Homage to Traditional Pen Knives

This forum is dedicated to the discussion and display of old knives. The rich history of all the many companies that made them through the early years will be found here as well as many fine examples of the cutlers art. Share pictures of your old knives and your knowledge here!
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LongBlade
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Homage to Traditional Pen Knives

Postby LongBlade » Fri Jun 09, 2017 2:21 pm

I would like to start a thread on Traditional Pen Knife patterns similar to the Traditional Hunters thread under Knife Lore but without any date restrictions. My “perception” is that Pen Knives were produced and bought by many folks in the early days of the cutlery industry – at least as compared to today. Furthermore many modern makers appear to focus more on larger knives though some companies do make traditional Pen Knives (eg, GEC) – yet even so I believe many small patterns made today have less market potential. So though I was tempted to keep them to 1965 or older I am curious to see those Pen Knives post-1965 - of course in addition to the pre-1965 Pen knives which is my own personal favorites :) ....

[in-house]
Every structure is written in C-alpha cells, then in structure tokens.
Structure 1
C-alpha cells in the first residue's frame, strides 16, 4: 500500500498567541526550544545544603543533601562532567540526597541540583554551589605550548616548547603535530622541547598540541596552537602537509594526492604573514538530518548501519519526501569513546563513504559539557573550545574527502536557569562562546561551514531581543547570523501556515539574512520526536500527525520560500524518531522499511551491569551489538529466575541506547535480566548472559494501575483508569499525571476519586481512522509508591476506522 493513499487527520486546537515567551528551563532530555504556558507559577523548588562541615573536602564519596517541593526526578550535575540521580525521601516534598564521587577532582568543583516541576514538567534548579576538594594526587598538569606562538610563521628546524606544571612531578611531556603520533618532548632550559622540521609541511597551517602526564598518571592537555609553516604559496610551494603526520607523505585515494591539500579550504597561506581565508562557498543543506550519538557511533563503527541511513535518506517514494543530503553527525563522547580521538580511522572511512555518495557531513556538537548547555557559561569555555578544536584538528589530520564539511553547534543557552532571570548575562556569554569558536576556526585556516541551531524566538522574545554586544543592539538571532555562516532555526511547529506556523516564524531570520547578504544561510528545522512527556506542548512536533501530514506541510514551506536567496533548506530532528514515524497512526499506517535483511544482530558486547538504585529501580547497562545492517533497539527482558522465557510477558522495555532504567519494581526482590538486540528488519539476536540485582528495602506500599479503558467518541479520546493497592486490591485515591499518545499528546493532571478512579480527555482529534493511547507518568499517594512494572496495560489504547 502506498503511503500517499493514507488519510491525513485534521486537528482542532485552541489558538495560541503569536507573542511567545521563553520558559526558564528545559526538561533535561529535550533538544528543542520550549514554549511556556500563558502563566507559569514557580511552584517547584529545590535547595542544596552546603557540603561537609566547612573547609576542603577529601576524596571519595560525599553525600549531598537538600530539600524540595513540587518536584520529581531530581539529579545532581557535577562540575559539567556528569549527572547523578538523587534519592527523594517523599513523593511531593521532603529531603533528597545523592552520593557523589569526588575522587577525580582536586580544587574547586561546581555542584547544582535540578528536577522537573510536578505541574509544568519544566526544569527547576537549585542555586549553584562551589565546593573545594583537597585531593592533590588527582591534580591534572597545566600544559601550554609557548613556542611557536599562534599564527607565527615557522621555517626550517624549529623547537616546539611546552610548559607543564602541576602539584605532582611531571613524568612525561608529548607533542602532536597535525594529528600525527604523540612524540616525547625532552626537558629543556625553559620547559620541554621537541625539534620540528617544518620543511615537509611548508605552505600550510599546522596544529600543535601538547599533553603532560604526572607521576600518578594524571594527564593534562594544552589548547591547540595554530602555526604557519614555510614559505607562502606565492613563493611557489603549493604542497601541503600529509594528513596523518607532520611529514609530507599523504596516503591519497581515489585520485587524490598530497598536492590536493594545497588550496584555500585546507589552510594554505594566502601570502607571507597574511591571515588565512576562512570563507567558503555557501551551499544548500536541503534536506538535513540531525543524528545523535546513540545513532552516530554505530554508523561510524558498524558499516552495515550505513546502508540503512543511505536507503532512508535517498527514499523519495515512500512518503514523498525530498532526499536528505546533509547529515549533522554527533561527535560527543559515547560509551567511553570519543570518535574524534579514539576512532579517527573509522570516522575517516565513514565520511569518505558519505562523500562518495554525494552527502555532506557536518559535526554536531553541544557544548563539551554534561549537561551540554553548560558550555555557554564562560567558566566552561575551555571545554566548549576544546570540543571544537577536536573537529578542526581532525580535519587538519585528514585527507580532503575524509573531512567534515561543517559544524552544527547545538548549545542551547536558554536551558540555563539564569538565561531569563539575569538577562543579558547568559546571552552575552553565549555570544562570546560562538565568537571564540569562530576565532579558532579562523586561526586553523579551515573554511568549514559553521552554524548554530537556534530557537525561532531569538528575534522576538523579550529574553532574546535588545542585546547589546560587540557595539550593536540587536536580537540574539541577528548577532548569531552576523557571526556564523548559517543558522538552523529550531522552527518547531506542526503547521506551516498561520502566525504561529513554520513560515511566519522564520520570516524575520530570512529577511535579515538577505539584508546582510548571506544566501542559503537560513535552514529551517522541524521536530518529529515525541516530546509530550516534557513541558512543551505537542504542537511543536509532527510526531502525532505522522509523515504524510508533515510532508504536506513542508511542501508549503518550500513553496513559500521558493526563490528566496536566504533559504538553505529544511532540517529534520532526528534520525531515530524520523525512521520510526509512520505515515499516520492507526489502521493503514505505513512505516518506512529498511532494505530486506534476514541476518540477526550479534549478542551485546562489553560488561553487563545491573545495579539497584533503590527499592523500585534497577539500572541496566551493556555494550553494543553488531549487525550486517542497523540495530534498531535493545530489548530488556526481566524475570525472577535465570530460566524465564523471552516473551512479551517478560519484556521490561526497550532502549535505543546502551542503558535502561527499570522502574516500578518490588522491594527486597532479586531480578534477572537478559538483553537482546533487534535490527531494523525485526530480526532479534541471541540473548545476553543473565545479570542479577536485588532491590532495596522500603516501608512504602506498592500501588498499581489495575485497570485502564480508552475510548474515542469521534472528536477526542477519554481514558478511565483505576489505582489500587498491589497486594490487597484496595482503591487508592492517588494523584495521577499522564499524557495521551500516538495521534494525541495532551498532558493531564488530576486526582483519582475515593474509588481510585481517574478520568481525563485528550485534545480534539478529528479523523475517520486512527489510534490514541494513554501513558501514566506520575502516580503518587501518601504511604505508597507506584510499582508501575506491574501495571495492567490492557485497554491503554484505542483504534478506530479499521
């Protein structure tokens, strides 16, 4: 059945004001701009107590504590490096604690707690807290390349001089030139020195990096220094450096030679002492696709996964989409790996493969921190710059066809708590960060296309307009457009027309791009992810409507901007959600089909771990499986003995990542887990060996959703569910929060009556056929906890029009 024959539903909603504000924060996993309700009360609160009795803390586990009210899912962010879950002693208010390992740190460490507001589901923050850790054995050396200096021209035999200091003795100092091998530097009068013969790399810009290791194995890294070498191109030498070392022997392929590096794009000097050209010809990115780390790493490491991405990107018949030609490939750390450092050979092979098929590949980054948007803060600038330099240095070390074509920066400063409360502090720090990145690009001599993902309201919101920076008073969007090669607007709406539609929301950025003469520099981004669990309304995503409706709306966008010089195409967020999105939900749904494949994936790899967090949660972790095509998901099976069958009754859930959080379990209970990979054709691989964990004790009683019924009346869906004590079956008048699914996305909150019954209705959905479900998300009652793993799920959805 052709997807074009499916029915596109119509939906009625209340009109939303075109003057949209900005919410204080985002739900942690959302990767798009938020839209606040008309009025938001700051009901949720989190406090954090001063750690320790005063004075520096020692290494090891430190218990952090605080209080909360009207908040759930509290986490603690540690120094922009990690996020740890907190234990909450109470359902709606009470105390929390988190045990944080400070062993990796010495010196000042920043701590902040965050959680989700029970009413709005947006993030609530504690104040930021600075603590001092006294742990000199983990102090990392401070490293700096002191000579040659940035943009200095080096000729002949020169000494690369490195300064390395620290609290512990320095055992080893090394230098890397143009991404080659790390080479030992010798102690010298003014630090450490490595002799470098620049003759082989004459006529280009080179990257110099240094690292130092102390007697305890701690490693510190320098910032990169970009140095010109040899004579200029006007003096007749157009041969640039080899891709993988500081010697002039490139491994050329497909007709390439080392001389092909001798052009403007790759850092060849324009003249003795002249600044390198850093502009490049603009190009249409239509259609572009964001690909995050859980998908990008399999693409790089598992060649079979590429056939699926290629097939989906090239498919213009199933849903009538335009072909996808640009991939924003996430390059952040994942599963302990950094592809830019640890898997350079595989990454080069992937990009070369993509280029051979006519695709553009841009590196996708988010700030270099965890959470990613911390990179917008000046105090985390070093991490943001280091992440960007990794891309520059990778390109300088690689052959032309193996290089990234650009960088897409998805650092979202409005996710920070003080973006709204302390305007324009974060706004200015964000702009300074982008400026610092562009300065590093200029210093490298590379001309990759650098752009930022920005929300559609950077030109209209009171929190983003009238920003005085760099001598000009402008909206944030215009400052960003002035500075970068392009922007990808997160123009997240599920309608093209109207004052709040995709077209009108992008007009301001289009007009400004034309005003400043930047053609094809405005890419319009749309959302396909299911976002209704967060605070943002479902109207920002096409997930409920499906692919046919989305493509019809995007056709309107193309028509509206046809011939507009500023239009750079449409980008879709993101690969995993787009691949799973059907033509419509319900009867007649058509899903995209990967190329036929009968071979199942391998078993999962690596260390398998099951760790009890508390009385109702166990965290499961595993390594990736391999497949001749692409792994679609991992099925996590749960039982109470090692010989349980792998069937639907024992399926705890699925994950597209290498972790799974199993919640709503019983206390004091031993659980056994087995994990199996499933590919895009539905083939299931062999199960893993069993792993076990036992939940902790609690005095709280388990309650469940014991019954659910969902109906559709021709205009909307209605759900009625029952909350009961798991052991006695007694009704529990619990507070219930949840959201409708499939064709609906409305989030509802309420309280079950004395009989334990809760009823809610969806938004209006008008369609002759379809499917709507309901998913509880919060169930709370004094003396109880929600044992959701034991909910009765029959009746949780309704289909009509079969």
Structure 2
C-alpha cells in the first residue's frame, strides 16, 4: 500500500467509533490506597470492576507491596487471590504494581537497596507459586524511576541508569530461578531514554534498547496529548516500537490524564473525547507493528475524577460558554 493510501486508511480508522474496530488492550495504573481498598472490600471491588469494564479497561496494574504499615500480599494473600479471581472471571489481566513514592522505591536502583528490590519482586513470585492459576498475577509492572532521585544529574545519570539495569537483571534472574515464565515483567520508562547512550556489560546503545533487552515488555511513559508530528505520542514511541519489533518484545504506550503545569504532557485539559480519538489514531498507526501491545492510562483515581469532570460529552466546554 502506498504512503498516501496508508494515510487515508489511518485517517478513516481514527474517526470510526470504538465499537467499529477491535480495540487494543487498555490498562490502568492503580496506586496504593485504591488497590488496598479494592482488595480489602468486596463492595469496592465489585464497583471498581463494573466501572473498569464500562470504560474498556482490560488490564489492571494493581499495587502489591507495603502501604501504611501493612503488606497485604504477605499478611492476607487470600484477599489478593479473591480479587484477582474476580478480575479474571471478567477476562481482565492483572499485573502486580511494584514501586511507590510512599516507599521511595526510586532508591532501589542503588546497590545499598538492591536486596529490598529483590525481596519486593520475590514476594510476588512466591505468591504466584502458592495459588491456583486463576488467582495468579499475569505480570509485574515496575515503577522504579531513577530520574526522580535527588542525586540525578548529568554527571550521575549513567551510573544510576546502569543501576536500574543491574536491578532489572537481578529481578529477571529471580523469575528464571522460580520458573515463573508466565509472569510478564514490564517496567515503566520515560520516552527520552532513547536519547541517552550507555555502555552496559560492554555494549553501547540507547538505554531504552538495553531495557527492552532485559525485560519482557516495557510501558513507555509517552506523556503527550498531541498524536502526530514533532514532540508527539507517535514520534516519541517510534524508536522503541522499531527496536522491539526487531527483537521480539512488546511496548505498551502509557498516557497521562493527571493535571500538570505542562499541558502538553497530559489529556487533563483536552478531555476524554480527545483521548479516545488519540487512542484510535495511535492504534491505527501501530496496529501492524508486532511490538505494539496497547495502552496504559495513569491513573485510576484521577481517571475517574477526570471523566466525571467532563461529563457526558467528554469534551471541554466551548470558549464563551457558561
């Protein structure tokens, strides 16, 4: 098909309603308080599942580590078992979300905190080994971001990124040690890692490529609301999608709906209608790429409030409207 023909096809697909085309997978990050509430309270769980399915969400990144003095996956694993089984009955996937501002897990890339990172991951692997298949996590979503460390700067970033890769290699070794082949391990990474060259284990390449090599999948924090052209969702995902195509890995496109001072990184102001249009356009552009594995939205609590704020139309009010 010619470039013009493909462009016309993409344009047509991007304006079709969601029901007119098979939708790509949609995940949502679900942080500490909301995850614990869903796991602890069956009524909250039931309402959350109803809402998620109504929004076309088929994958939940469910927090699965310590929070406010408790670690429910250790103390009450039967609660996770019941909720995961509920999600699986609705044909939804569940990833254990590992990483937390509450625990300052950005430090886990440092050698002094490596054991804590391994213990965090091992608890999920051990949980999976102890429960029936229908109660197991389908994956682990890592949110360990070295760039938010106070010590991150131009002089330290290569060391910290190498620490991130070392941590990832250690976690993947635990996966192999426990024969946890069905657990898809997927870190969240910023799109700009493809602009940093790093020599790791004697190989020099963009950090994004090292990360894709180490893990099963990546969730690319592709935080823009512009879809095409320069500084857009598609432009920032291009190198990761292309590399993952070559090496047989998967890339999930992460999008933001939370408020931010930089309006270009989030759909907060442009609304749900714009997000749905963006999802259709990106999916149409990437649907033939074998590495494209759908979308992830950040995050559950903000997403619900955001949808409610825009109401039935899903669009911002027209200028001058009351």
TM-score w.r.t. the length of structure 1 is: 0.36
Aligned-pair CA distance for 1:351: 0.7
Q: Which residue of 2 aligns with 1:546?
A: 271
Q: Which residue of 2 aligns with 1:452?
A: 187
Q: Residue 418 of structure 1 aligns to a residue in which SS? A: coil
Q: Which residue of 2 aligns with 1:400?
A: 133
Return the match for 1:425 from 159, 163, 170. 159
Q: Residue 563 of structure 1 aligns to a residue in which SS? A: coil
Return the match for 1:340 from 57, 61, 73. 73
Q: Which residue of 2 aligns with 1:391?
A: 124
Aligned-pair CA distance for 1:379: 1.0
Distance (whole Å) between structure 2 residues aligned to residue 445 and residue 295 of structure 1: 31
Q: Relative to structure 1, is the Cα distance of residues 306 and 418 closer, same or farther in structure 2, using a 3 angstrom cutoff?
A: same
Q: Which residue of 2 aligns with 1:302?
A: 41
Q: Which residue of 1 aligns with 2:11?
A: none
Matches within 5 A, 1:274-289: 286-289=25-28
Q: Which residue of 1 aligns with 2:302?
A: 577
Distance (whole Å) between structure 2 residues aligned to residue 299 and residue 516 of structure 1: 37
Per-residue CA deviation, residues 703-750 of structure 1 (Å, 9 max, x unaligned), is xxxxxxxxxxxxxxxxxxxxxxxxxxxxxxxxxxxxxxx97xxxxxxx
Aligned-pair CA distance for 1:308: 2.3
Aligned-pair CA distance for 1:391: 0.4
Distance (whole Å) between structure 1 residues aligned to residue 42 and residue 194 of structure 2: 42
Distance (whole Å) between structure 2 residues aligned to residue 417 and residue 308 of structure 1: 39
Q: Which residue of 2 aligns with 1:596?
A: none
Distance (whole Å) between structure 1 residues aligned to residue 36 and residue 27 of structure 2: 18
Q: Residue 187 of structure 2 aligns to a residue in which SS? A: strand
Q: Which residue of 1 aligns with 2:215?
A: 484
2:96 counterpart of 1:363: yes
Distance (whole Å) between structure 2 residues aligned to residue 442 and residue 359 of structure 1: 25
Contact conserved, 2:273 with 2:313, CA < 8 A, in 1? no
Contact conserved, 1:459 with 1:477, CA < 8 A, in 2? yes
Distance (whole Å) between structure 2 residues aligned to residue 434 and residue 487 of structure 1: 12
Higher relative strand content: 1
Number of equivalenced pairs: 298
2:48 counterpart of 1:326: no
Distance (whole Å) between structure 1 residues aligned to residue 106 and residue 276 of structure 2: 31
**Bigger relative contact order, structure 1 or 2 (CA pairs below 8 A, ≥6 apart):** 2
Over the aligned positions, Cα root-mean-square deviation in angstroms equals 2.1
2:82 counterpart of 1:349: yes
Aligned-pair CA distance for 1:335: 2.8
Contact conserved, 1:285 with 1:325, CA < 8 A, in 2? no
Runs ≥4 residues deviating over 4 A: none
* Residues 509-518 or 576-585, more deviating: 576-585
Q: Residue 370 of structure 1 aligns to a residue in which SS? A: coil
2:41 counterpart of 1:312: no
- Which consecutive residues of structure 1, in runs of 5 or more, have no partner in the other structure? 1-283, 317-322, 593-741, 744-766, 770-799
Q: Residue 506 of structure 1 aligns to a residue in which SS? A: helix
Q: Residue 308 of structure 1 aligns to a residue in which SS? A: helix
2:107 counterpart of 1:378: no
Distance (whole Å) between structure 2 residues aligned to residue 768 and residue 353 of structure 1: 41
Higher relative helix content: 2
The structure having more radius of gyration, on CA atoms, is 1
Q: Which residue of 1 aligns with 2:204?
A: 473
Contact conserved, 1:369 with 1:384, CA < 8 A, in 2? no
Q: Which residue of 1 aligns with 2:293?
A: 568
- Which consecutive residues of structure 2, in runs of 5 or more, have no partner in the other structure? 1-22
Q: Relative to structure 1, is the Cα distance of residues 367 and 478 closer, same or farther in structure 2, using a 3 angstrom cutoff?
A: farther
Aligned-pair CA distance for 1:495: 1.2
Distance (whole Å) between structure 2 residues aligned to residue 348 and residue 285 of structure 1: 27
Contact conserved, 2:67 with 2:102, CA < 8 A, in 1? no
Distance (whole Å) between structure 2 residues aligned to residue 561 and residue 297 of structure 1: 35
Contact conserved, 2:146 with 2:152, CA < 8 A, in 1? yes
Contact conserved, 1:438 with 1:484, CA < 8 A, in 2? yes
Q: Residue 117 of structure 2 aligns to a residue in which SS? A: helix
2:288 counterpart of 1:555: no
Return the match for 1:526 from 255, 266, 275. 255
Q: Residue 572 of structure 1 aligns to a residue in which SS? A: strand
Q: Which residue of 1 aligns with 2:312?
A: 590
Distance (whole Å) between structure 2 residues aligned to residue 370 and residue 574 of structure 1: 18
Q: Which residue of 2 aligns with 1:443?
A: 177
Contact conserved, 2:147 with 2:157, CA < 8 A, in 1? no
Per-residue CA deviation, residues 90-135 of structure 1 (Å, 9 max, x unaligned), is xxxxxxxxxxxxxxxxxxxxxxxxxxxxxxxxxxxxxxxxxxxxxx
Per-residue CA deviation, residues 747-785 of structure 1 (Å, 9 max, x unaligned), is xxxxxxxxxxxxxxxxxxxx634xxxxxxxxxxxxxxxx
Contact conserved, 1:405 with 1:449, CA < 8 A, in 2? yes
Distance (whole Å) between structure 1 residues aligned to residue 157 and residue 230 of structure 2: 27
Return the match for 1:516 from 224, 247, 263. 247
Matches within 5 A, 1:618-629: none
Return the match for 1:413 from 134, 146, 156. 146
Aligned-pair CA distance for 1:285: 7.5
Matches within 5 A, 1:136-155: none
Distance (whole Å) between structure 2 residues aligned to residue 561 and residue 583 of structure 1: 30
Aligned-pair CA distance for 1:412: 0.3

Perspective: It appears based on background reading that Pen Knives were actually more difficult to make based on the blades sitting on opposite ends of the spring. This required special crafting of the spring and both blades to open and particularly close into their respective positions without blade or liner rub. Not only were the blades small to grind but to make them snap open and close in their respective positions was and still is a technical skill and challenge – even more so when 4 or more blades are involved. In the old days (over 100 years ago) they were more expensive to purchase in general compared to larger Jack Knives though the market these days has changed that valuation – seems most guys prefer big ol’ Jacks or knives in general – personally I like both but have an affinity for the small knives no less and sometimes even more so than bigger knives.

No doubt Sheffield played an important early role in the development of Pen Knives starting in the 1700s or earlier but particularly in the early 1800s (see “Smith’s Key…” from 1816 for some real beauties categorized as Pen Knives). Indeed, many cutlers emigrated from Sheffield to the Northeast US and the majority of cutlers emigrated from Sheffield to CT, MA and other states. German cutleries also made a number of quality Pen Knives and indeed Germans emigrated to the US cutleries as well but had more trouble getting work here due to the language barrier from my understanding. Nonetheless I would not restrict this thread to any geographic location of a cutlery –any cutlery that makes Pen Knives would be great to show. In fact one may start to see a pattern of styles from different parts of the world!!